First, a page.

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This role-play focuses on the dilemmas in balancing regulatory requirements, personal relationships and a natural reluctance to “cause trouble.” These dilemmas arise in many settings, and can be particularly acute in laboratories that handle hazardous substances because of the serious safety implications of violations. In addition, violations can carry fines and penalties for laboratories and universities where they occur. The worries of the graduate student in the role-play about potential laboratory shut-downs and corresponding research delays are all too real. Specifics of regulations vary according to the materials being handled. The underlying principles regarding human and environmental safety stay the same.

In the role-play scenario, a graduate student is seeking advice from a fellow graduate student about how to balance concerns about personal safety — their own and that of others in the lab — regulatory consequences and the potential damage to relationships by asking questions about potential violations. What is the student’s responsibility to discover whether there are violations? What are the consequences for avoiding knowledge? How should those competing concerns be balanced?

The two students seem to be moving toward the conclusion that the safety issues are serious enough that some action must be taken. At this point, the issue becomes how to raise the issue professionally and in a way that minimizes hard feelings or anger with the student who raises the concerns. To avoid a “shoot the messenger” situation, the discussion should focus on constructive and effective ways to have a conversation with the disorganized adviser about the potential safety problems in the lab.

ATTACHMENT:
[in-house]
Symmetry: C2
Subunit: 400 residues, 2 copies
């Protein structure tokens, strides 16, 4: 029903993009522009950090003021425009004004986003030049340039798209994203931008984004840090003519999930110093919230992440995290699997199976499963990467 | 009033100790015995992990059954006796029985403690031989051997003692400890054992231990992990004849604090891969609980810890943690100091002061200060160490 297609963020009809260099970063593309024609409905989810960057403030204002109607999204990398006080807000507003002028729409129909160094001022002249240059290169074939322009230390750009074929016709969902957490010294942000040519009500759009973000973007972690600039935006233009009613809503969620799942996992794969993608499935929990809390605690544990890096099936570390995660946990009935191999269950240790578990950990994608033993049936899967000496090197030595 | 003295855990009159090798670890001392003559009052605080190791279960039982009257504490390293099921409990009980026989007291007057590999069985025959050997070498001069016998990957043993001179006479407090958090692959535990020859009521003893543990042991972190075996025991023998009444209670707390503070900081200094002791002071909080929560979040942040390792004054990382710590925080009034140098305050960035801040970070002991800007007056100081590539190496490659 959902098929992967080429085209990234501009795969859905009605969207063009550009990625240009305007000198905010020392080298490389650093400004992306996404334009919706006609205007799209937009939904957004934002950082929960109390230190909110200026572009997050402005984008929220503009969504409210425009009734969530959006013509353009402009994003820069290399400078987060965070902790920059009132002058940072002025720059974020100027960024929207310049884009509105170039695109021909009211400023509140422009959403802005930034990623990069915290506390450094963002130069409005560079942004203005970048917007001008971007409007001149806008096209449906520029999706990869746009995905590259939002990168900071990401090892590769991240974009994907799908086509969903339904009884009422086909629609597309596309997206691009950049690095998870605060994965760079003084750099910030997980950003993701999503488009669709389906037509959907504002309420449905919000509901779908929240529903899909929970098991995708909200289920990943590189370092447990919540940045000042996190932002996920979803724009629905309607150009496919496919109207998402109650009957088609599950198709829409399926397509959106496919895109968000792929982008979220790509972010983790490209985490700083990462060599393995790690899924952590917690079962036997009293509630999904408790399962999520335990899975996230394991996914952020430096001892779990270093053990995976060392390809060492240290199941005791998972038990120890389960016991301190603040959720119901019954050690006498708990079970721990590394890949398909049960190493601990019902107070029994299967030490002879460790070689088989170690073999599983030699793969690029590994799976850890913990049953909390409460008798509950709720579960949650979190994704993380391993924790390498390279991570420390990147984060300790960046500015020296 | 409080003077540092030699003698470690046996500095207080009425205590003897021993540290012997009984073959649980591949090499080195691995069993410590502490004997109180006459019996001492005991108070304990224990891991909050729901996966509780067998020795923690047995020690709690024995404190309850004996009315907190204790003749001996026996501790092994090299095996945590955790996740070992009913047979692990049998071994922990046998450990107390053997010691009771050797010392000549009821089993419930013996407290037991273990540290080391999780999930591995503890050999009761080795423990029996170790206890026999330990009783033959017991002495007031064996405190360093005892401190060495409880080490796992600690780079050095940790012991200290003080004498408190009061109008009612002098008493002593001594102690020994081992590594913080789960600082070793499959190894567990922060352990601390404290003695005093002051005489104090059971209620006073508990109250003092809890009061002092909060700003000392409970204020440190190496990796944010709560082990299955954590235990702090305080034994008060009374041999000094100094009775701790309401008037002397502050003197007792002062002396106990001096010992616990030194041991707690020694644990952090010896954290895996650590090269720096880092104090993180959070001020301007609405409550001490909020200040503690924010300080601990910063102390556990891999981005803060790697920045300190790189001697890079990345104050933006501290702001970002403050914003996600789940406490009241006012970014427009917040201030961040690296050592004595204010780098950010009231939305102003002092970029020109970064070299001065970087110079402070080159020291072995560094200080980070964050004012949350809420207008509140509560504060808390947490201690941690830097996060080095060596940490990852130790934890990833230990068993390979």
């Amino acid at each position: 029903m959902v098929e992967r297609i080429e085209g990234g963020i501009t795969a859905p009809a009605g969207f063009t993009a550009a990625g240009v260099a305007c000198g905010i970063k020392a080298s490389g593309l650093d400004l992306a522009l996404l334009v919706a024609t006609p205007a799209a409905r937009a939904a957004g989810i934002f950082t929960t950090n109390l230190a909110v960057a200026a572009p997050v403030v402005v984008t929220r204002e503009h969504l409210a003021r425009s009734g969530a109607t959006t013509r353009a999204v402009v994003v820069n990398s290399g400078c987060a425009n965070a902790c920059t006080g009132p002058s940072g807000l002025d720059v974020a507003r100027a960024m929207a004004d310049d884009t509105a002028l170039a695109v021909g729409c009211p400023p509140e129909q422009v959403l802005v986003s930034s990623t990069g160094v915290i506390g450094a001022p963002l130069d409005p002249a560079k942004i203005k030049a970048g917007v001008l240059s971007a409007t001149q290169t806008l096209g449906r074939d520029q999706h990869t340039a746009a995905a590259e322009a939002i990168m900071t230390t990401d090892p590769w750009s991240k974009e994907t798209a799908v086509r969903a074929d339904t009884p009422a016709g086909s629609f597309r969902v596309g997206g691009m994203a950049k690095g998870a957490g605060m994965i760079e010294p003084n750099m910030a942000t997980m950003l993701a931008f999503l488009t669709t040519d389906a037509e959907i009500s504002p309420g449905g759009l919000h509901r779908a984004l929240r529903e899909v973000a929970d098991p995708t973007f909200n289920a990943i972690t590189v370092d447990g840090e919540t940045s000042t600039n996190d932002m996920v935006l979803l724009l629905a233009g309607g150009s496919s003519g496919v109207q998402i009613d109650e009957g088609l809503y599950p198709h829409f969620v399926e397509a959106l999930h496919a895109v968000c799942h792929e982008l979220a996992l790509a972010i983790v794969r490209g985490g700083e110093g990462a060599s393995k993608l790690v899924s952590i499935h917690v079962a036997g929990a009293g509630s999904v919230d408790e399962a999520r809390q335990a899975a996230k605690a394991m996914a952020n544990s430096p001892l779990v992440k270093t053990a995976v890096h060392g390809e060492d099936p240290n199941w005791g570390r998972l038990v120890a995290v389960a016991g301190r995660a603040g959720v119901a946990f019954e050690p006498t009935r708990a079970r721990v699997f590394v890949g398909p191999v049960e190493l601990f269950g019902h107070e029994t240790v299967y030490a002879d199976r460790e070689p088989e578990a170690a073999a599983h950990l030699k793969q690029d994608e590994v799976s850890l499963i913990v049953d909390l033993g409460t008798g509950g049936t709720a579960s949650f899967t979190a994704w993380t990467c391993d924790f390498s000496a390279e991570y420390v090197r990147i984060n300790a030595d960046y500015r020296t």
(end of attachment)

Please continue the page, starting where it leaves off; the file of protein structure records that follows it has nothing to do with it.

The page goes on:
Social Dimensions of Ethical Behavior

Material Type

Teaching Module

Research Area

Engineering | Life Sciences | Medicine and Health Sciences | Physical Sciences and Mathematics | Social and Behavioral Sciences

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Supported by the National Science Foundation under grant EEC-0628814. Any opinions, findings, and conclusions or recommendations expressed in this material are those of the authors and do not necessarily reflect the views of the University of Illinois or the National Science Foundation.

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